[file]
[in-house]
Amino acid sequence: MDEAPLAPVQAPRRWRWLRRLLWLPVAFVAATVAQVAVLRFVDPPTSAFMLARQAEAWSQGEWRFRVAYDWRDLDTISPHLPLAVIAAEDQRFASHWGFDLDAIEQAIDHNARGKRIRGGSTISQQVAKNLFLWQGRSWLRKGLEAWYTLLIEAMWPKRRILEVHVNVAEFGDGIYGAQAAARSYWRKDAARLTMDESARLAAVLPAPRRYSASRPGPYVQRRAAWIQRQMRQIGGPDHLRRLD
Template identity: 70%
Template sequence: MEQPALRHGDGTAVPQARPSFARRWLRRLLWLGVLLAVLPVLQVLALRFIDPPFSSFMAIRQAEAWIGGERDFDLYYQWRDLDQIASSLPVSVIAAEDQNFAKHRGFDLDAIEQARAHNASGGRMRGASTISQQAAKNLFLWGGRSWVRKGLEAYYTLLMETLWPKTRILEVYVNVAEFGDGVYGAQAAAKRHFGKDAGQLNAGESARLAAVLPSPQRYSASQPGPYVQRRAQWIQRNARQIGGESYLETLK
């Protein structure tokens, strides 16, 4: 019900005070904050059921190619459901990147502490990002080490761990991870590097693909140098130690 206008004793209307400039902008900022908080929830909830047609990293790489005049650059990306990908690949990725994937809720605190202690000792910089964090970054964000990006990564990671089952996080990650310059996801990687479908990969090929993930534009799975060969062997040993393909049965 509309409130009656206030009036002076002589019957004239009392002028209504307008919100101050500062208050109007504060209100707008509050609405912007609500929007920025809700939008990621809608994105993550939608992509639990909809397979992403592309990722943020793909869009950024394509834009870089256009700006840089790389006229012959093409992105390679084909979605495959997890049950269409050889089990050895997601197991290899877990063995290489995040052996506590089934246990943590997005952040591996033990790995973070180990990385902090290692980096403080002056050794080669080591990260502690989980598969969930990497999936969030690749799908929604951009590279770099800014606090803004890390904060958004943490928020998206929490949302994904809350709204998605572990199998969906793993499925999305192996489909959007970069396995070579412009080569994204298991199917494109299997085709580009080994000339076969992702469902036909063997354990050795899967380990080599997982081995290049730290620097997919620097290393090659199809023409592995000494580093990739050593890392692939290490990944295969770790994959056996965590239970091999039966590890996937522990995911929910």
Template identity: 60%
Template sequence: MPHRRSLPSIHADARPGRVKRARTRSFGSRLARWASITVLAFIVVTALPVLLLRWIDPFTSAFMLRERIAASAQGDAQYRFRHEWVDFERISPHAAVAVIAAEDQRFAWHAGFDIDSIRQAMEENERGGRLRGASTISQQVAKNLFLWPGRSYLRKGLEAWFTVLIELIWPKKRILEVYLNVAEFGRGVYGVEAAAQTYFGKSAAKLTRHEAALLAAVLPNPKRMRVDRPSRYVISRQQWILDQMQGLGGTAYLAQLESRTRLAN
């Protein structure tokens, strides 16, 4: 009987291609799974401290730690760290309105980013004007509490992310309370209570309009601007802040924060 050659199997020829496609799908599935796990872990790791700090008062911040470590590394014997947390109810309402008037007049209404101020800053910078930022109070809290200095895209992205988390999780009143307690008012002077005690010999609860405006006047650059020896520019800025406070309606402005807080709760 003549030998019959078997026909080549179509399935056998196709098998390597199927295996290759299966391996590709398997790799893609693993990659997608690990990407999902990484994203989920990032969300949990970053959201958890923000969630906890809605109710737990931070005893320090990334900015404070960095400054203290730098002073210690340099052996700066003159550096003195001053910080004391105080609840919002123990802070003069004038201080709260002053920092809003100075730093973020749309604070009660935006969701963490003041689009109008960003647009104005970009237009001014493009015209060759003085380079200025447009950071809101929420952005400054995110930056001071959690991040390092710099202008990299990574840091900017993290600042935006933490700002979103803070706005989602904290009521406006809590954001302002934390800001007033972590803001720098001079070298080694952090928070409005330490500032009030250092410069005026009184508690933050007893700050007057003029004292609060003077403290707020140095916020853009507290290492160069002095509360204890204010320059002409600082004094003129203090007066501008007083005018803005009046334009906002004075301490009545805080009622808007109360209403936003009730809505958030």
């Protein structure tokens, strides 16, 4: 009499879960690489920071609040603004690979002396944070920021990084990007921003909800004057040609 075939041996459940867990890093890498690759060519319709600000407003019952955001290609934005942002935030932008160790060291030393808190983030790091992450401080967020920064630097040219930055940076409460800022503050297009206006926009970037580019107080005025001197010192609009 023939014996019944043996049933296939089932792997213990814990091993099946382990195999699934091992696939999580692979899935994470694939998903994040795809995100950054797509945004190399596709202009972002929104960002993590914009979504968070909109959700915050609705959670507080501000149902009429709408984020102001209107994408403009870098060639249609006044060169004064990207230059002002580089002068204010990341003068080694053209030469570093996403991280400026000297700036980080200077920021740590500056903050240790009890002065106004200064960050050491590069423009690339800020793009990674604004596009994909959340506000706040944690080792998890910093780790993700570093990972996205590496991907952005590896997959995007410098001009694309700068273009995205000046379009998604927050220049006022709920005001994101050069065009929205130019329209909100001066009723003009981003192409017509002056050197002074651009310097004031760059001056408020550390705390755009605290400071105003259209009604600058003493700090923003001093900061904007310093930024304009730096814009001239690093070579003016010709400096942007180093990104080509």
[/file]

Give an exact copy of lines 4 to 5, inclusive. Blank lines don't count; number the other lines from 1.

Template sequence: MEQPALRHGDGTAVPQARPSFARRWLRRLLWLGVLLAVLPVLQVLALRFIDPPFSSFMAIRQAEAWIGGERDFDLYYQWRDLDQIASSLPVSVIAAEDQNFAKHRGFDLDAIEQARAHNASGGRMRGASTISQQAAKNLFLWGGRSWVRKGLEAYYTLLMETLWPKTRILEVYVNVAEFGDGVYGAQAAAKRHFGKDAGQLNAGESARLAAVLPSPQRYSASQPGPYVQRRAQWIQRNARQIGGESYLETLK
């Protein structure tokens, strides 16, 4: 019900005070904050059921190619459901990147502490990002080490761990991870590097693909140098130690 206008004793209307400039902008900022908080929830909830047609990293790489005049650059990306990908690949990725994937809720605190202690000792910089964090970054964000990006990564990671089952996080990650310059996801990687479908990969090929993930534009799975060969062997040993393909049965 509309409130009656206030009036002076002589019957004239009392002028209504307008919100101050500062208050109007504060209100707008509050609405912007609500929007920025809700939008990621809608994105993550939608992509639990909809397979992403592309990722943020793909869009950024394509834009870089256009700006840089790389006229012959093409992105390679084909979605495959997890049950269409050889089990050895997601197991290899877990063995290489995040052996506590089934246990943590997005952040591996033990790995973070180990990385902090290692980096403080002056050794080669080591990260502690989980598969969930990497999936969030690749799908929604951009590279770099800014606090803004890390904060958004943490928020998206929490949302994904809350709204998605572990199998969906793993499925999305192996489909959007970069396995070579412009080569994204298991199917494109299997085709580009080994000339076969992702469902036909063997354990050795899967380990080599997982081995290049730290620097997919620097290393090659199809023409592995000494580093990739050593890392692939290490990944295969770790994959056996965590239970091999039966590890996937522990995911929910």